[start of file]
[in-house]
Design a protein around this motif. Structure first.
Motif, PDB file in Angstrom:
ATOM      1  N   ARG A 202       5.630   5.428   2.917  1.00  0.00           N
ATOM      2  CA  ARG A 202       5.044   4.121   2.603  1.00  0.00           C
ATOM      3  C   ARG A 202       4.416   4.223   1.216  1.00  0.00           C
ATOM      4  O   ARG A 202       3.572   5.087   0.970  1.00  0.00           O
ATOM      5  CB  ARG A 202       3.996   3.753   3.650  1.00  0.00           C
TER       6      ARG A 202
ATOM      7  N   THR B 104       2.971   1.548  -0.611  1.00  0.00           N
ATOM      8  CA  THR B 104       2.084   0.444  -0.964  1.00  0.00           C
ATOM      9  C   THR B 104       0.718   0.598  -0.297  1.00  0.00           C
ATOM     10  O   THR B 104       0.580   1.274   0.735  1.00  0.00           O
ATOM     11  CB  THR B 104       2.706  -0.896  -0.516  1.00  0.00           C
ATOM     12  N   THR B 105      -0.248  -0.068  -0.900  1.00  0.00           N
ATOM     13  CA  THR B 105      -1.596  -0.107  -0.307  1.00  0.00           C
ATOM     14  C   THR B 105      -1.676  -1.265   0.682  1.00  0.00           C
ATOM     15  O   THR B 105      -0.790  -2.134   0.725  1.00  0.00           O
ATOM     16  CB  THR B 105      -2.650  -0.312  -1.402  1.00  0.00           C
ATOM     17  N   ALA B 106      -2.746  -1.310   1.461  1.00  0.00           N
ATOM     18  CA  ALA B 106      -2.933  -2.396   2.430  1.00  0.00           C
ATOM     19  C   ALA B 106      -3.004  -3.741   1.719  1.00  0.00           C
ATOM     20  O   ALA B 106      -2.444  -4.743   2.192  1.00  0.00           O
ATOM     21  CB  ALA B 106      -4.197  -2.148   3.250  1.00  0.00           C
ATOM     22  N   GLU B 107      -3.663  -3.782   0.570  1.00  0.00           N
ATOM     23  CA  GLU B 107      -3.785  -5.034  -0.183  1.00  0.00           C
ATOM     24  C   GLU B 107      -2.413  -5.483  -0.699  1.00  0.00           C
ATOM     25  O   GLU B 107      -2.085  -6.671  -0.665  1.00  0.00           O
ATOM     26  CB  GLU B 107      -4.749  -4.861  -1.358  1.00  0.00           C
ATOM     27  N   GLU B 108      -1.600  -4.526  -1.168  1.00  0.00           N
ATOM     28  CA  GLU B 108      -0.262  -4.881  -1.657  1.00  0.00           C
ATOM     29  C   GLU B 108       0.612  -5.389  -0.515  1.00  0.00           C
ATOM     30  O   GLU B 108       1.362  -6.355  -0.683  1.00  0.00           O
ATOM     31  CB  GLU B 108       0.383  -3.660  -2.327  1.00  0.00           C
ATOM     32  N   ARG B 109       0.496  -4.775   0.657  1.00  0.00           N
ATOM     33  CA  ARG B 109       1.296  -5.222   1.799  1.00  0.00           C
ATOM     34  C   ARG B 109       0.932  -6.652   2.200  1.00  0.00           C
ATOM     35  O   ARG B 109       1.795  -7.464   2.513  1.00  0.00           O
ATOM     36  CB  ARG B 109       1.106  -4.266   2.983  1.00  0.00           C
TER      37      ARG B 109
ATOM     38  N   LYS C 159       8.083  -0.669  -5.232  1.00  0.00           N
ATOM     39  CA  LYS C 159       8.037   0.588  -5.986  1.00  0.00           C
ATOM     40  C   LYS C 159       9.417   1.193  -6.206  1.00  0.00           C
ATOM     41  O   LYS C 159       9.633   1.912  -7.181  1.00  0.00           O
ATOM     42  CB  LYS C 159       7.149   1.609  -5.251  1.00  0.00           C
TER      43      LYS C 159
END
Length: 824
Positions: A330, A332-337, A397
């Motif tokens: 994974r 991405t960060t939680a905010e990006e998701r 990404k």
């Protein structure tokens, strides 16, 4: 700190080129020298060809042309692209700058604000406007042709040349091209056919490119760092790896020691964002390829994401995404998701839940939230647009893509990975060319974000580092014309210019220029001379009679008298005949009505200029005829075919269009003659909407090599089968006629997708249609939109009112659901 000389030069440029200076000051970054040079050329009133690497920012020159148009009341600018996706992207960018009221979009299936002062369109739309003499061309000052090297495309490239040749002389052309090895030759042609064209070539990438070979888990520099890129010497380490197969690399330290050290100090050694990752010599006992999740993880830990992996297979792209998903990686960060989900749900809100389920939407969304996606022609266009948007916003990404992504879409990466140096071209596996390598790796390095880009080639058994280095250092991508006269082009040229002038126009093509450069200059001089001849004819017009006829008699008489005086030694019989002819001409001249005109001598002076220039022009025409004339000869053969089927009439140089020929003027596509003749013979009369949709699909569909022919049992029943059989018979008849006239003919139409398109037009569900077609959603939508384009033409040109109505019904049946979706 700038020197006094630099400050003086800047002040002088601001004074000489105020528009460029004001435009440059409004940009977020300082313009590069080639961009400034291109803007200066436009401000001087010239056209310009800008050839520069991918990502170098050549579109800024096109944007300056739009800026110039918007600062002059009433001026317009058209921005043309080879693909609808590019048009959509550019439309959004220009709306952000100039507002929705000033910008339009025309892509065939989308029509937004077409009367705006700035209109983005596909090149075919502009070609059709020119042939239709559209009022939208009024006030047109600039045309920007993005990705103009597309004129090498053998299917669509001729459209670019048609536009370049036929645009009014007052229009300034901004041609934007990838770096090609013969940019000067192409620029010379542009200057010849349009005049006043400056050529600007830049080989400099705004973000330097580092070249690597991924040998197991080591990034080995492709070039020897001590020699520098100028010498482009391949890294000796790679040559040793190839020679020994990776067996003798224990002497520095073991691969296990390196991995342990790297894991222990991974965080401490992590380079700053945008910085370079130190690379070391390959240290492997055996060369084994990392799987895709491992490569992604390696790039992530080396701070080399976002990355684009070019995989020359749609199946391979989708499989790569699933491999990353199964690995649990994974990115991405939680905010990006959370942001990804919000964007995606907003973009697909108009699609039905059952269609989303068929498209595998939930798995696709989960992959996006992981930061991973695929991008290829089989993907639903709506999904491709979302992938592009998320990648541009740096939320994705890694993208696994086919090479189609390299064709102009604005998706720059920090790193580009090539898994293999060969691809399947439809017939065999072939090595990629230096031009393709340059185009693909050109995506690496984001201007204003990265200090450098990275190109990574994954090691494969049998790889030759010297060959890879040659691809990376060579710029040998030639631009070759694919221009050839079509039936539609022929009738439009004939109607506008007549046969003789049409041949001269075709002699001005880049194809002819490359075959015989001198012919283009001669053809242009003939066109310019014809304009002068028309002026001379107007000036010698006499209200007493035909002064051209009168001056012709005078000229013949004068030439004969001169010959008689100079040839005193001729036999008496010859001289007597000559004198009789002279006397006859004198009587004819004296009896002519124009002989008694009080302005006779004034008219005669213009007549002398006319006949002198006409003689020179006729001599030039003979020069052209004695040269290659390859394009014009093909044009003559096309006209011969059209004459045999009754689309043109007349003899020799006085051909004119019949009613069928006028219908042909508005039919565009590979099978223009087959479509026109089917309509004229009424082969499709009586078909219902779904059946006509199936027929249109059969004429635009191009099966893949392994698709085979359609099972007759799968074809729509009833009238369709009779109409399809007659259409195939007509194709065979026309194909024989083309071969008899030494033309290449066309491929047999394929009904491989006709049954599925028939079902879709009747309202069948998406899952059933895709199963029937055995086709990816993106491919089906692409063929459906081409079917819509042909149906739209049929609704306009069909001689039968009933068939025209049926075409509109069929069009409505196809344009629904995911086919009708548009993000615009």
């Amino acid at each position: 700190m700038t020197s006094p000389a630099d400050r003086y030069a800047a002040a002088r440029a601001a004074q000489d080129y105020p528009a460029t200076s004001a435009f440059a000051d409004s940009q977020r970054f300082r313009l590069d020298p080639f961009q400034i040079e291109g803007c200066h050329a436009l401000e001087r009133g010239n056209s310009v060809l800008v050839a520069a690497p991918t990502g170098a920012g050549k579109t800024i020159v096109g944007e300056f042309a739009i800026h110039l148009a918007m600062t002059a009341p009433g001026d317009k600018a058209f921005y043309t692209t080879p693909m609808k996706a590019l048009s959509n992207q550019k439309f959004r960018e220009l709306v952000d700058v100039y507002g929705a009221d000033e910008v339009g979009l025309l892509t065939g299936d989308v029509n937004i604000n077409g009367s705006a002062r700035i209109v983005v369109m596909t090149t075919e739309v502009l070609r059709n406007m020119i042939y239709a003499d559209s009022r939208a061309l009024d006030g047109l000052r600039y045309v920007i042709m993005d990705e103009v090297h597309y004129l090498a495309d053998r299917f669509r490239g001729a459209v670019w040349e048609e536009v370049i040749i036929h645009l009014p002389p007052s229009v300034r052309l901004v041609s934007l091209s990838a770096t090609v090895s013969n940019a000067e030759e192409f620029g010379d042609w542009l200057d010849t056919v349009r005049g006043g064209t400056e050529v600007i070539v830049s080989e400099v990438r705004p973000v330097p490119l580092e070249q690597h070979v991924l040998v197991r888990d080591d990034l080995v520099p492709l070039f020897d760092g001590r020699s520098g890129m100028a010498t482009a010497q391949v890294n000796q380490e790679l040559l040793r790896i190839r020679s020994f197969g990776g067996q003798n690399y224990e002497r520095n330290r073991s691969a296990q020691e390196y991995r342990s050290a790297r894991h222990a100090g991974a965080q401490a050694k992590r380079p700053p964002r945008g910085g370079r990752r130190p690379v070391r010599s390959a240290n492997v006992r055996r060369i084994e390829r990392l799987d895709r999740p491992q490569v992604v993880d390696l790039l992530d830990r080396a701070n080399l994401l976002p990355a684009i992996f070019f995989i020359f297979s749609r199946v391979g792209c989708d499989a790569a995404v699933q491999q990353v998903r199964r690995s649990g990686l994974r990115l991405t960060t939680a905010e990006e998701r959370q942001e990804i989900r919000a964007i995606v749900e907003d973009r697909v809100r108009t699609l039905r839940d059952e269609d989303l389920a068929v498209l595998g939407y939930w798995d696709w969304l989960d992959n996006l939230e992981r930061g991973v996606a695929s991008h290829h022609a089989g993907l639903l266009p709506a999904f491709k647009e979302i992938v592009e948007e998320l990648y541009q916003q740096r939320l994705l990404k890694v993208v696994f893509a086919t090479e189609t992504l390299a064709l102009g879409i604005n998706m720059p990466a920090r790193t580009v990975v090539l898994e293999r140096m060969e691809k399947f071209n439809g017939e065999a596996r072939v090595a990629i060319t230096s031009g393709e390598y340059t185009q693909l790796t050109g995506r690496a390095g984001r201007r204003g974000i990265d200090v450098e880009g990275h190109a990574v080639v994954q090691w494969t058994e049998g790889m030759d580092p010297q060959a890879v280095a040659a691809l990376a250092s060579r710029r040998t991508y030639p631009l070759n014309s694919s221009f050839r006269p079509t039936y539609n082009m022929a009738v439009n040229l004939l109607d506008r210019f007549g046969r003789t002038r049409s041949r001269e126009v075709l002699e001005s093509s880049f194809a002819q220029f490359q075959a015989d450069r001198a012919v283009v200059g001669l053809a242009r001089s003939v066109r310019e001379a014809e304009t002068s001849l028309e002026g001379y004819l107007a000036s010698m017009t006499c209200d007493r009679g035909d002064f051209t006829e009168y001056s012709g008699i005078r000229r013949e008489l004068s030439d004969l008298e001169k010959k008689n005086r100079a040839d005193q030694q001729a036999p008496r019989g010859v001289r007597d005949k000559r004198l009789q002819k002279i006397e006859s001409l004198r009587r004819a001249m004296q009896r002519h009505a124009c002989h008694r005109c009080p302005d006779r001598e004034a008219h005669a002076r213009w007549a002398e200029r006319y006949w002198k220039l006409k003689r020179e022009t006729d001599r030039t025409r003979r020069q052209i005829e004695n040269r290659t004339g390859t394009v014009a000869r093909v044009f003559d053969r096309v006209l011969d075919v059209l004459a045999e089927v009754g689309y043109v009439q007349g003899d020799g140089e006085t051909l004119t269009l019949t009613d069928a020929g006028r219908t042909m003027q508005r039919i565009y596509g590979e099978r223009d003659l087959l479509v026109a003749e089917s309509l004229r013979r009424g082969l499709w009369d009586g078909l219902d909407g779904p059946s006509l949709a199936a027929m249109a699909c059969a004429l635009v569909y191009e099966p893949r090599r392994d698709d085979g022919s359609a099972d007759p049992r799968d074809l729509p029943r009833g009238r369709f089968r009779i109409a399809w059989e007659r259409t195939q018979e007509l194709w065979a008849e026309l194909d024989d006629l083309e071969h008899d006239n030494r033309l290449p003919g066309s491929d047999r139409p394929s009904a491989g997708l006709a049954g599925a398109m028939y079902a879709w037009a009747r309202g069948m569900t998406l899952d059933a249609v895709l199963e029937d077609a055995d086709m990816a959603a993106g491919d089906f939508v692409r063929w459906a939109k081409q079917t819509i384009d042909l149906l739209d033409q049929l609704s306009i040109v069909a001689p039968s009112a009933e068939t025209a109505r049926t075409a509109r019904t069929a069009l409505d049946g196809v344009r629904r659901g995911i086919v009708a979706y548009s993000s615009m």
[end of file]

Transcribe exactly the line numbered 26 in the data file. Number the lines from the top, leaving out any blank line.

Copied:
ATOM     23  CA  GLU B 107      -3.785  -5.034  -0.183  1.00  0.00           C